The supportive group are fantastic. My parents fall into this group, and I’ve been able to share with them cool birth videos that I have found online. Dad has found interesting studies on the benefits and drawbacks of home birth to share with me. Mum has started sharing stories from other women about their home birth experiences. Random strangers in the community have told me how much they wish they’d had the option to do what I am doing. With this group, I anticipate a beautiful experience where our baby is gently welcomed with love and kindness.

Then there is the second group. A few people who are close to us fall into this category. They are so terrified of birth – and equally terrified by our lack of fear – that they have launched a crusade to show us how dangerous birthing can be. Every conversation involves a new way for the baby or I to die in excruciatingly unnecessary agony. The stories are new and interesting each time, but they can be collated into the following metastory:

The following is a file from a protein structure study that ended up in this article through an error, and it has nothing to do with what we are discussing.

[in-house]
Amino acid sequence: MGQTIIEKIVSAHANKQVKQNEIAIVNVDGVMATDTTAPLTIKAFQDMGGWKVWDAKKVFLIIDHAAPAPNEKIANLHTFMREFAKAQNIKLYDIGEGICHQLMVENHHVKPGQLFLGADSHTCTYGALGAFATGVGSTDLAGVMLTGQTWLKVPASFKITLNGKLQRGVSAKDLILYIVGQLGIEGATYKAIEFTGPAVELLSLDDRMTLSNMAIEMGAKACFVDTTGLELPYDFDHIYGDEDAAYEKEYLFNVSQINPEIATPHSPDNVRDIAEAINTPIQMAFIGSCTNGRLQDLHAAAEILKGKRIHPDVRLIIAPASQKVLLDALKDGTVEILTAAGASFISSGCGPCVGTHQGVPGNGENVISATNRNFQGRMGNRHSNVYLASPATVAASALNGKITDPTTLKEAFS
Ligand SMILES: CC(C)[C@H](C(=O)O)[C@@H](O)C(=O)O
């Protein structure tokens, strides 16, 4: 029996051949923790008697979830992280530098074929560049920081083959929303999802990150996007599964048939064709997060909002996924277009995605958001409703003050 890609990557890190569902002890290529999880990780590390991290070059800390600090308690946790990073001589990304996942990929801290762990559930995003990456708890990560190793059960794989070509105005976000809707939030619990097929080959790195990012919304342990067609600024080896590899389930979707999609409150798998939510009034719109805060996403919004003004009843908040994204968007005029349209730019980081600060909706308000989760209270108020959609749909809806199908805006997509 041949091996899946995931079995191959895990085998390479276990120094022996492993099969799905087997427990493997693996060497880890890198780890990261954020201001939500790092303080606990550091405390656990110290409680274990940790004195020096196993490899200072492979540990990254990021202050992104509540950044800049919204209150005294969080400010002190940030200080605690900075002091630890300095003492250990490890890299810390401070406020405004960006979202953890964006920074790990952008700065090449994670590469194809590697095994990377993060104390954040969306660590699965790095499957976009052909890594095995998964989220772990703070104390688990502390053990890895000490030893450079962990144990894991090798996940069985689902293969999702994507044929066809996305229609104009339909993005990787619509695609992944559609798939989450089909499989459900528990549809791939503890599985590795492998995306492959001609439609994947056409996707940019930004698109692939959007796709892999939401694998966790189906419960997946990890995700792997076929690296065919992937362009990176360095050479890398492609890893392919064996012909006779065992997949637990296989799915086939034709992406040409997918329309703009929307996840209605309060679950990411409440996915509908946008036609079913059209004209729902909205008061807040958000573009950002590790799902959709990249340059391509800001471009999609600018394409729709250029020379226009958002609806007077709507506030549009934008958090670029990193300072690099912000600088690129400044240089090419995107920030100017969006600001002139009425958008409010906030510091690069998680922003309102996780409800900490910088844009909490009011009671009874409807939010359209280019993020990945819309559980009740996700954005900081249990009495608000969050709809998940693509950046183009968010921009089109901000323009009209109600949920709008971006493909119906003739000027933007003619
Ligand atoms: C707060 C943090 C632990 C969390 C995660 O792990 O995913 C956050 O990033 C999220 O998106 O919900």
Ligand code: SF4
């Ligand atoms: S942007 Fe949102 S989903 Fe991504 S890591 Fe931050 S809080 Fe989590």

A pregnant woman arrives at the hospital. She labours for hours before exhaustion overcomes her. Medical dramas occur, and the doctors work valiantly to save her. The only option is an emergency caesarean section, where she bleeds so heavily that the only way to stop the flow is a hysterectomy. Despite the best efforts of the doctors, the baby has terrible complications and doesn’t survive.

For my partner and I, there is an interesting link between all of these horror stories: a pregnant woman arrives at the hospital. To the irritation of some and the amusement of others, I now add in the phrase “where the baby promptly catches leprosy”.